Posts Tagged ‘Darling West’

The much-acclaimed 1944 MGM musical Meet Me in St. Louis spins the tale of a St. Louis family from summer 1903 to spring 1904. A posh production helmed by Vincente Minnelli, it’s at once nostalgic and not, dreamy and dour, with most of the songs dating to the early 1900s or before. However, the film is spiced by a handful of new tunes by songwriters Hugh Martin and Ralph Blaine: “The Boy Next Door,” the Oscar-nominated “The Trolley Song” and a song that’s since become a seasonal classic, “Have Yourself a Merry Little Christmas.”

This NPR/Fresh Air page delves into the song’s history; this Wikipedia page does, too. But if you choose not to click through, what you really should know is this: Martin’s and Blaine’s first version was rejected by Judy Garland, co-star Tom Drake and Minnelli. As Martin explained to Fresh Air host Terri Gross in 2006, “The original version was so lugubrious that Judy Garland refused to sing it. She said, ‘If I sing that, little Margaret will cry and they’ll think I’m a monster.’ So I was young then and kind of arrogant, and I said, ‘Well, I’m sorry you don’t like it, Judy, but that’s the way it is, and I don’t really want to write a new lyric.’ But Tom Drake, who played the boy next door, took me aside and said, ‘Hugh, you’ve got to finish it. It’s really a great song potentially, and I think you’ll be sorry if you don’t do it.’ So I went home and I wrote the version that’s in the movie.”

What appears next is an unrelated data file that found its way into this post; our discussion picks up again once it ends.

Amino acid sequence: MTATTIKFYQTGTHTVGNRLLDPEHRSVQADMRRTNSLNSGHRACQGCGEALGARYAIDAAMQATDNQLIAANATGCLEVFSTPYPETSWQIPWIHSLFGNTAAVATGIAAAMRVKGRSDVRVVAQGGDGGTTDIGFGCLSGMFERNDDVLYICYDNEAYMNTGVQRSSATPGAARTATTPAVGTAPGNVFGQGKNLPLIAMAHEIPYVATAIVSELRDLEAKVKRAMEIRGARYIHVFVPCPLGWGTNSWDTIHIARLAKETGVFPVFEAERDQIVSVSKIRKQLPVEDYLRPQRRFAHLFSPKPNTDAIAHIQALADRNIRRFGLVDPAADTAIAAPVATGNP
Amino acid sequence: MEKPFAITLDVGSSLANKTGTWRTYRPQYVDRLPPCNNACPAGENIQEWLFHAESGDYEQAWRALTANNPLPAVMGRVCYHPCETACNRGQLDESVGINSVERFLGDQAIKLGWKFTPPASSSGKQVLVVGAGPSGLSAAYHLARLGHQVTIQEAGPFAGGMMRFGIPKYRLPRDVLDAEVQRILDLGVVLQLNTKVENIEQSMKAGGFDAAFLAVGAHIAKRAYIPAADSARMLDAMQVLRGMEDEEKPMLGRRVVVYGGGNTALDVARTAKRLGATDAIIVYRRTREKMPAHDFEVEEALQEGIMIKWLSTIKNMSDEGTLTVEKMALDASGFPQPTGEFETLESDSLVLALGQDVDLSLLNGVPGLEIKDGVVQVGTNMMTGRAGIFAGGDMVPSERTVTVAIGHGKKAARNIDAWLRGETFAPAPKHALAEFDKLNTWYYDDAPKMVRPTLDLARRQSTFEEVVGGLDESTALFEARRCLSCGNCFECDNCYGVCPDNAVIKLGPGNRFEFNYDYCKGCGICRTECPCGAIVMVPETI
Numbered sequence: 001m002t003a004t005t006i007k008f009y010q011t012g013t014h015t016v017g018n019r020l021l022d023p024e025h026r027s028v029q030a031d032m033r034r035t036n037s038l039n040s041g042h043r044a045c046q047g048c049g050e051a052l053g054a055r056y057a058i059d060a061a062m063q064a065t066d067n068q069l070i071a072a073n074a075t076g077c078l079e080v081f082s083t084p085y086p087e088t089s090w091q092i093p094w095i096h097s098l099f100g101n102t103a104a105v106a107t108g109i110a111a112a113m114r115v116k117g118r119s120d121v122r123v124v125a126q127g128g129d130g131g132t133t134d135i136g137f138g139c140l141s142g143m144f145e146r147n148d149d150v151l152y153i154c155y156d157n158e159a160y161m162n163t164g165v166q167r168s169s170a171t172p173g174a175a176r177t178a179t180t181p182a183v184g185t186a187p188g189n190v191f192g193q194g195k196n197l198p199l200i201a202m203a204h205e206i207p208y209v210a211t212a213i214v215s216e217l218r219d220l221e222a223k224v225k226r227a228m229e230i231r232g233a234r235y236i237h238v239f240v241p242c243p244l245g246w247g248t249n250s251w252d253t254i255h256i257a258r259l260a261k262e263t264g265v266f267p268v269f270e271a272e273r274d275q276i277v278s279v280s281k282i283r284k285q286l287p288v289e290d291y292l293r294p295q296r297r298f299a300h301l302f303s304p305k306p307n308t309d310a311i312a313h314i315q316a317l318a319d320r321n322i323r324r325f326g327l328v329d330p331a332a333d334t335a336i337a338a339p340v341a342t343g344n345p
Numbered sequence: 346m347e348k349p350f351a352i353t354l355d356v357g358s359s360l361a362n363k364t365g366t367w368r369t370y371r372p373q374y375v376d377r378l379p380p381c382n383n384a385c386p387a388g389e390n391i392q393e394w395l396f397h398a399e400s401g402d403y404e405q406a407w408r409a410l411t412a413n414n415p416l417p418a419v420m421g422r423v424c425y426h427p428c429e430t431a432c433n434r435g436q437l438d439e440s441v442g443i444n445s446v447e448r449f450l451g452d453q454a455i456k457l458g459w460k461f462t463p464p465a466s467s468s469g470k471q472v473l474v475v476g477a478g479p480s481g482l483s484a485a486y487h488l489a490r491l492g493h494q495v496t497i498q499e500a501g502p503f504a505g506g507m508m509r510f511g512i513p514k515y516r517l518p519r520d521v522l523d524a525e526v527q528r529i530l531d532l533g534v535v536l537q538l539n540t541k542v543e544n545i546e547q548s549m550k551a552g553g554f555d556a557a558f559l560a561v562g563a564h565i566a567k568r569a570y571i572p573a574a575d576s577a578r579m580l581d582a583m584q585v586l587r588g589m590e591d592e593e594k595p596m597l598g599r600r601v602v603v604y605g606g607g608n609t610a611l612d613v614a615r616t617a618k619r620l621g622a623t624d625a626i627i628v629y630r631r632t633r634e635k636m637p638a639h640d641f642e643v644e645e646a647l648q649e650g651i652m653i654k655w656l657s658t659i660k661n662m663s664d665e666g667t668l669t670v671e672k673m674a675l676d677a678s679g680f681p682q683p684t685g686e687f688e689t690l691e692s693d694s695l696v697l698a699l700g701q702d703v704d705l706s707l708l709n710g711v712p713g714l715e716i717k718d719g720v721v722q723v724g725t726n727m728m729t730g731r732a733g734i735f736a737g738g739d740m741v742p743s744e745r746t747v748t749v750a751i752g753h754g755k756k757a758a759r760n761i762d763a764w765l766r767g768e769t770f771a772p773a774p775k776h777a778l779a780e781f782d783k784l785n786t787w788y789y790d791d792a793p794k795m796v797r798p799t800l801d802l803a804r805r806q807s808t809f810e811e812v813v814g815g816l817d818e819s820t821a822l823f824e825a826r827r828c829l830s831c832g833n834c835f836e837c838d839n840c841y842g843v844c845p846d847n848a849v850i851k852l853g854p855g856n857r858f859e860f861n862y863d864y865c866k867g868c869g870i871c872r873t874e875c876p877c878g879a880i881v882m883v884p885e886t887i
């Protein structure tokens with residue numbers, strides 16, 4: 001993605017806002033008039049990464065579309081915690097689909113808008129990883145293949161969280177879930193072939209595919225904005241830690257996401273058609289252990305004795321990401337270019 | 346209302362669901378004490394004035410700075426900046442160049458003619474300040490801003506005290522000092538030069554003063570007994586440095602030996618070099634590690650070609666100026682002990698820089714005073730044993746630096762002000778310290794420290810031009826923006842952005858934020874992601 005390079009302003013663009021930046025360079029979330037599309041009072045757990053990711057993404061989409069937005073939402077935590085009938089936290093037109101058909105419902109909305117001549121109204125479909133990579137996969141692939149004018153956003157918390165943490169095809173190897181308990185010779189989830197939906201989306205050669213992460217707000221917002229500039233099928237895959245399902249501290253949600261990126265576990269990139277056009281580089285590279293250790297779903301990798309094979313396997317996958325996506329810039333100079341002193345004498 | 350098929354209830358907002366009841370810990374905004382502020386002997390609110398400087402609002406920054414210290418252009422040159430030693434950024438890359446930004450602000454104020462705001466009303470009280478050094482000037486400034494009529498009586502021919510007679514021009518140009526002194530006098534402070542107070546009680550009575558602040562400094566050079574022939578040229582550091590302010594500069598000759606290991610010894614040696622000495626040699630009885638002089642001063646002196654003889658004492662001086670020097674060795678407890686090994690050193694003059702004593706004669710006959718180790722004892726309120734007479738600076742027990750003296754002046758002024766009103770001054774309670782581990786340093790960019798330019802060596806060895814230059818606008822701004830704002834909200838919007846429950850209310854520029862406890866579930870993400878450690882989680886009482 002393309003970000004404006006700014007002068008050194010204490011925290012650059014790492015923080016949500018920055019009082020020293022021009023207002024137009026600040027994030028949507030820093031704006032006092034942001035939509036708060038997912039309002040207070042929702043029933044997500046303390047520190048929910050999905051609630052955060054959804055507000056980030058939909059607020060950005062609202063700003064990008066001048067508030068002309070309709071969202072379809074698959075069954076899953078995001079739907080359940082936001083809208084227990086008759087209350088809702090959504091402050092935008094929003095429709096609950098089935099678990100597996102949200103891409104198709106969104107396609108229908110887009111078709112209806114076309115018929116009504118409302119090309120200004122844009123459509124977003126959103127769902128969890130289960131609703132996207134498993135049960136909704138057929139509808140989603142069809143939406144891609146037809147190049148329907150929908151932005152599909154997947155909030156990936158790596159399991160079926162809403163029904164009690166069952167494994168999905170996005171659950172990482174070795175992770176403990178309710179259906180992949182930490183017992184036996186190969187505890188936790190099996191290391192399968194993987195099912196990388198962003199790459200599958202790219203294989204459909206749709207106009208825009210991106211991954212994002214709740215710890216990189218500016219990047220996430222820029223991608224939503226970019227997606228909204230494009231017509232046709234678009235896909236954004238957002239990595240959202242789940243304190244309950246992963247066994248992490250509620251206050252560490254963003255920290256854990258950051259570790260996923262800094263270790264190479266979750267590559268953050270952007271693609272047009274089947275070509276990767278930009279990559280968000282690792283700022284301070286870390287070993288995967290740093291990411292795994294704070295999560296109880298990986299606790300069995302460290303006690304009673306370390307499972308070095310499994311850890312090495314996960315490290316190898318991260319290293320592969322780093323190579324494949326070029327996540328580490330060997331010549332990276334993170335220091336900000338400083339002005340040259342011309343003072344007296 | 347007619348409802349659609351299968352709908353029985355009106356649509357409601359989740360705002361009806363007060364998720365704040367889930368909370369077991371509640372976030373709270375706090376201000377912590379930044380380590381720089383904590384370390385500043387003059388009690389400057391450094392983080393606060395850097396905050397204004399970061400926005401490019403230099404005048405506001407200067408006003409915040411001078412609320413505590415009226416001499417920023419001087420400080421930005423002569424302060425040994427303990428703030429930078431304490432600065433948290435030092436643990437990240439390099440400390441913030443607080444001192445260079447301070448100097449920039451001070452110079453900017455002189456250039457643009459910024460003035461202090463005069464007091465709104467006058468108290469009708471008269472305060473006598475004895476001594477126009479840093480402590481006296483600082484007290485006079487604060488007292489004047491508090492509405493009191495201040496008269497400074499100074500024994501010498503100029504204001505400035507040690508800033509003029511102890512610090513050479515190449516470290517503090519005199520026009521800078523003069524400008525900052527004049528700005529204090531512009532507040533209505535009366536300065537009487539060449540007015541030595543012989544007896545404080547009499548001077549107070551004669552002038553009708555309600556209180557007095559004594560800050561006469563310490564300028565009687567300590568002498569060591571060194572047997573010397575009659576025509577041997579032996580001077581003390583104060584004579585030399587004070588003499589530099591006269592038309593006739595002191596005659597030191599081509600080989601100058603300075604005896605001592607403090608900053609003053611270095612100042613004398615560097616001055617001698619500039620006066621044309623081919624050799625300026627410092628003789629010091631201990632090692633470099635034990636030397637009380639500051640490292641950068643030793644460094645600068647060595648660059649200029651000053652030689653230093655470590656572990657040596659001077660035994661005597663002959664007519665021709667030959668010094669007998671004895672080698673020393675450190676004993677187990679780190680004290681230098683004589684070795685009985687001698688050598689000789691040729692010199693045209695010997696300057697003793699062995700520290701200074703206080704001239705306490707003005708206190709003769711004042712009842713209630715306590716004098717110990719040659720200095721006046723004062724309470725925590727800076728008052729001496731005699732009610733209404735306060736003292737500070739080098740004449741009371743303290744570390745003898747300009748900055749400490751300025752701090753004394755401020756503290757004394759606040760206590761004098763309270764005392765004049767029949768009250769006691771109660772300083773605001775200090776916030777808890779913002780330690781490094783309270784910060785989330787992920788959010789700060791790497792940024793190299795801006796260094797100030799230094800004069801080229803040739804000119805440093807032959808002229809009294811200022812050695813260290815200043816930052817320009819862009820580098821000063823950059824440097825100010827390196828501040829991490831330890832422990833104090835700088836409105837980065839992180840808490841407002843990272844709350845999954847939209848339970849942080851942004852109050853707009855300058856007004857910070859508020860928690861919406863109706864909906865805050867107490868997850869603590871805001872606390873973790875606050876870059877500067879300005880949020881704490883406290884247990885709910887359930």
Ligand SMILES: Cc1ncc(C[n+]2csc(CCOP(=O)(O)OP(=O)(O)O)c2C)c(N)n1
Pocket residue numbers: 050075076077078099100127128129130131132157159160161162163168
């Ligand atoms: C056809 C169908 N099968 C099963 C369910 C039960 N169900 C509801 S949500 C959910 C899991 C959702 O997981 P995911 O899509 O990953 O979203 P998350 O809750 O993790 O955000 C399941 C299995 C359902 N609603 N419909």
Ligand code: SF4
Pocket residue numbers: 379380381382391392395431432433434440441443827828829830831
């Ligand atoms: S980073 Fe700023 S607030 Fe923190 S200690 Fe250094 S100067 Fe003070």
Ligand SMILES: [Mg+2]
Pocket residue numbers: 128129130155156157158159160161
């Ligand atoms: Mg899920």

Garland’s rendition was released as a single and, though it only rose to No. 27 on the pop charts, became a hit with U.S. service members fighting in World War II. It’s easy to hear why; she captures the nuances of the lyrics, which are simultaneously hopeful and yearning, cherishing the days that used to be while wishing to forge similar memories again: “Someday soon we all will be together/If the fates allow/Until then, we’ll have to muddle through somehow/So have yourself a merry little Christmas now….”

Here she is performing it on the radio in 1944:

In 1957, Frank Sinatra – who first covered it in 1948 – asked Martin to change the line “until then we’ll have to muddle through somehow” to something a tad more upbeat, as he wanted to re-record it for his A Jolly Christmas LP and found that line depressing. As a result, it became “hang a shining star upon the highest bough.” It zaps some of the song’s strength, I think.